“If Ping-Pong diplomacy is what paved the way for President Richard M. Nixon’s visit to Beijing in 1972 to re-establish the United States’ official relationship with China, then one could say it was the visit by the Philadelphia Orchestra the following year that truly cemented it,” writes Amy Qin on Friday’s (6/7) New York Times ArtsBeat blog. That 1973 performance “was the first-ever given by an American orchestra in Communist-led China. Now, 40 years later, the Philadelphia Orchestra is commemorating the anniversary of its visit with a two-week, multicity tour of China…. Just 40 years ago, the status of Western classical music in China was radically different… Music conservatories were closed and most traditional music, including Western classical music, was banned altogether.… ‘Now China has become one of the great audiences in classical music,’ said Davyd Booth, a violinist and one of the nine members traveling on the current tour who participated in the 1973 performance, who has come back to China with the orchestra seven times since his first visit in 1973. ‘Some people even go so far as to say the audience in China as a whole is going to be the savior for classical music. I can see that happening.’” A separate article by Kelly Chung Dawson in Friday’s (6/7) China Daily (New York edition) covers a related topic: the rising interest in China-U.S. cultural exchanges.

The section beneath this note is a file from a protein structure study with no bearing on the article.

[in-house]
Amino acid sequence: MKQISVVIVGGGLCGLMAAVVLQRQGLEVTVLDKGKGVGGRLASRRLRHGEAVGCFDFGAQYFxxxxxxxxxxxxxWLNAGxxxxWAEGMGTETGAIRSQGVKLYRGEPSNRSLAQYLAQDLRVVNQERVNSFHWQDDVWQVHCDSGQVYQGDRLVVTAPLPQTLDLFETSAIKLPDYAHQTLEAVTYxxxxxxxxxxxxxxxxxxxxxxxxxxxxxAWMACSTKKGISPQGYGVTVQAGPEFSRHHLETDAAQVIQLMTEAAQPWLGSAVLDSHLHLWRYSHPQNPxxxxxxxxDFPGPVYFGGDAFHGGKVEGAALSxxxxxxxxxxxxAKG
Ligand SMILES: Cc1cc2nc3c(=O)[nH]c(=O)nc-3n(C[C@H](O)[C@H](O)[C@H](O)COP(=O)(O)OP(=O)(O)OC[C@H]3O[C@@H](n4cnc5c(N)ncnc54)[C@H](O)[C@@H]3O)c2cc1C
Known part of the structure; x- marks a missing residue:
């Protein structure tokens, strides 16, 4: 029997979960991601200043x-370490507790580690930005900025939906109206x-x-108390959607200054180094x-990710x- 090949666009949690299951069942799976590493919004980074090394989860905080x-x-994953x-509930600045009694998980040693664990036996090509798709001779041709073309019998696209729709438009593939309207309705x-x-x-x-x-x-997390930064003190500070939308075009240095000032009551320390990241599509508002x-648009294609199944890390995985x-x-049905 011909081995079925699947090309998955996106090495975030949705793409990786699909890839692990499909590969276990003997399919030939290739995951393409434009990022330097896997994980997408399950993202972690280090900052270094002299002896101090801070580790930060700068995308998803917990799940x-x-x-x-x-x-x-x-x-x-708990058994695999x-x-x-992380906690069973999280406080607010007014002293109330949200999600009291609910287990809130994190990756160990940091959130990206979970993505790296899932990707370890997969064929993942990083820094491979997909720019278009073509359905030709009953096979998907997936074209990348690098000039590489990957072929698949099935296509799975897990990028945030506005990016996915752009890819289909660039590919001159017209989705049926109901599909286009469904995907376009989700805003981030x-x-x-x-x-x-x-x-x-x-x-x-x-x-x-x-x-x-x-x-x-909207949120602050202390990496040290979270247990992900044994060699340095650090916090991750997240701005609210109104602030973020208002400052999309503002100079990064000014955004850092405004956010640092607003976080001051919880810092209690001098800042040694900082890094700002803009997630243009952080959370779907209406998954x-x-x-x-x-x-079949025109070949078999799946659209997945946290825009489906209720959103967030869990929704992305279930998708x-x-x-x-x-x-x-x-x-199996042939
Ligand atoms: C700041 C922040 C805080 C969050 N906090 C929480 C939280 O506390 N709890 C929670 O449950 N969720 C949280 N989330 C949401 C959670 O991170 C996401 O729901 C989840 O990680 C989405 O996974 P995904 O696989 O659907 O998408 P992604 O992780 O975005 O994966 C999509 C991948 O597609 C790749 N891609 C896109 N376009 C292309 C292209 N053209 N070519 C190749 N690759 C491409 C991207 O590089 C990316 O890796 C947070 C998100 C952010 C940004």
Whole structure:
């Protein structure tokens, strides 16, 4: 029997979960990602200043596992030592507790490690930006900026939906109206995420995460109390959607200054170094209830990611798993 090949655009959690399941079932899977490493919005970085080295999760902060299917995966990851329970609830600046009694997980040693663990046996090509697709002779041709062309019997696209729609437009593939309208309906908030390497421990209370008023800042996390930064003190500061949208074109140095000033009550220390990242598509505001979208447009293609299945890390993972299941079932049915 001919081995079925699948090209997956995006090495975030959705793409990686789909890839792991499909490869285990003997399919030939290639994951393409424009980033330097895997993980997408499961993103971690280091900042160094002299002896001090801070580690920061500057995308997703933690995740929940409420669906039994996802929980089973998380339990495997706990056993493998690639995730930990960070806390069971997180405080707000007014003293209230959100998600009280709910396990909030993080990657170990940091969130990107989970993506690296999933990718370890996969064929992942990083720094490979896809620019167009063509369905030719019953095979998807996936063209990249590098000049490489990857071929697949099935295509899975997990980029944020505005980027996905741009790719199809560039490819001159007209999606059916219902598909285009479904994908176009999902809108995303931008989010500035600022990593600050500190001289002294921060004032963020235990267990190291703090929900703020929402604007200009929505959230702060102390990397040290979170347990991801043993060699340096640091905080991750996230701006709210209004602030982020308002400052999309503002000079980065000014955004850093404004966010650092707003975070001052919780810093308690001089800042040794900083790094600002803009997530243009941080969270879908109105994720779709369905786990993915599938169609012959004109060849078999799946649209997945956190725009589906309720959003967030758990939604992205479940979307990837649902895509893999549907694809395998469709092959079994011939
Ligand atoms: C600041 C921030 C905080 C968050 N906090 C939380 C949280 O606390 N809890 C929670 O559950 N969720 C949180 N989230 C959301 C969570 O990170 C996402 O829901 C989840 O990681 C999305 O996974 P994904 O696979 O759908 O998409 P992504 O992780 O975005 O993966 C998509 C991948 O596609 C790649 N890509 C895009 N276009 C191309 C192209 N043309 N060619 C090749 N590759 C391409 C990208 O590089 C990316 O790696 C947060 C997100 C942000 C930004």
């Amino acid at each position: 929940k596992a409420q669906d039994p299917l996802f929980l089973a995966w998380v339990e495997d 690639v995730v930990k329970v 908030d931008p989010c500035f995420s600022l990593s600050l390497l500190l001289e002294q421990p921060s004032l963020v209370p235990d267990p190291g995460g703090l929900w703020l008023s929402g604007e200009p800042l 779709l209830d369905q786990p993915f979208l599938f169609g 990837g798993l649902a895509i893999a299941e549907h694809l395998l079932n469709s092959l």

Pictured: From left, Christopher Deviney, Don S. Liuzzi and Angela Zator Nelson of the Philadelphia Orchestra performing at a school outside Beijing on Friday. Photo by Ng Han Guan/Associated Press
Posted June 10, 2013